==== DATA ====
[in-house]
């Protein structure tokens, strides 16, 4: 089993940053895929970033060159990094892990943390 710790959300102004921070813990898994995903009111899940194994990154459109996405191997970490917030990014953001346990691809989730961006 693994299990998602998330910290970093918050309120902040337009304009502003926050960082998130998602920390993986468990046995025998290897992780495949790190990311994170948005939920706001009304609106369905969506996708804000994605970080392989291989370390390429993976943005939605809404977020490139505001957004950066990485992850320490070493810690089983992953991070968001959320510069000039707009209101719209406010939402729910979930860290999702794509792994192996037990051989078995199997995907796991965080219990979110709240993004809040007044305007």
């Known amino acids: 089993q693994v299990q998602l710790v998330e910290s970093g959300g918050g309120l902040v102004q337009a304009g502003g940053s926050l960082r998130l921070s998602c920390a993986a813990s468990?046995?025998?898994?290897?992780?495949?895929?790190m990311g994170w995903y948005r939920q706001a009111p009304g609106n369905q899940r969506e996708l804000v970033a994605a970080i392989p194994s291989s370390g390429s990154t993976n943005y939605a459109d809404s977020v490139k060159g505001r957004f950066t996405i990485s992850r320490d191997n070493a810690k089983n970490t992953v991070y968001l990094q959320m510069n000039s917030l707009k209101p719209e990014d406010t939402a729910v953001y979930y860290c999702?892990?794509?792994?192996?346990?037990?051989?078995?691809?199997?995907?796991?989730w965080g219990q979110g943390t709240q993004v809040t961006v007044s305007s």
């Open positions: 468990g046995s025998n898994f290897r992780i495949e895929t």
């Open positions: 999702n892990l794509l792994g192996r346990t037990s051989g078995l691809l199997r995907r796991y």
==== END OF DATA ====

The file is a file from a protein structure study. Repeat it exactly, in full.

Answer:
[in-house]
């Protein structure tokens, strides 16, 4: 089993940053895929970033060159990094892990943390 710790959300102004921070813990898994995903009111899940194994990154459109996405191997970490917030990014953001346990691809989730961006 693994299990998602998330910290970093918050309120902040337009304009502003926050960082998130998602920390993986468990046995025998290897992780495949790190990311994170948005939920706001009304609106369905969506996708804000994605970080392989291989370390390429993976943005939605809404977020490139505001957004950066990485992850320490070493810690089983992953991070968001959320510069000039707009209101719209406010939402729910979930860290999702794509792994192996037990051989078995199997995907796991965080219990979110709240993004809040007044305007």
């Known amino acids: 089993q693994v299990q998602l710790v998330e910290s970093g959300g918050g309120l902040v102004q337009a304009g502003g940053s926050l960082r998130l921070s998602c920390a993986a813990s468990?046995?025998?898994?290897?992780?495949?895929?790190m990311g994170w995903y948005r939920q706001a009111p009304g609106n369905q899940r969506e996708l804000v970033a994605a970080i392989p194994s291989s370390g390429s990154t993976n943005y939605a459109d809404s977020v490139k060159g505001r957004f950066t996405i990485s992850r320490d191997n070493a810690k089983n970490t992953v991070y968001l990094q959320m510069n000039s917030l707009k209101p719209e990014d406010t939402a729910v953001y979930y860290c999702?892990?794509?792994?192996?346990?037990?051989?078995?691809?199997?995907?796991?989730w965080g219990q979110g943390t709240q993004v809040t961006v007044s305007s």
């Open positions: 468990g046995s025998n898994f290897r992780i495949e895929t």
């Open positions: 999702n892990l794509l792994g192996r346990t037990s051989g078995l691809l199997r995907r796991y």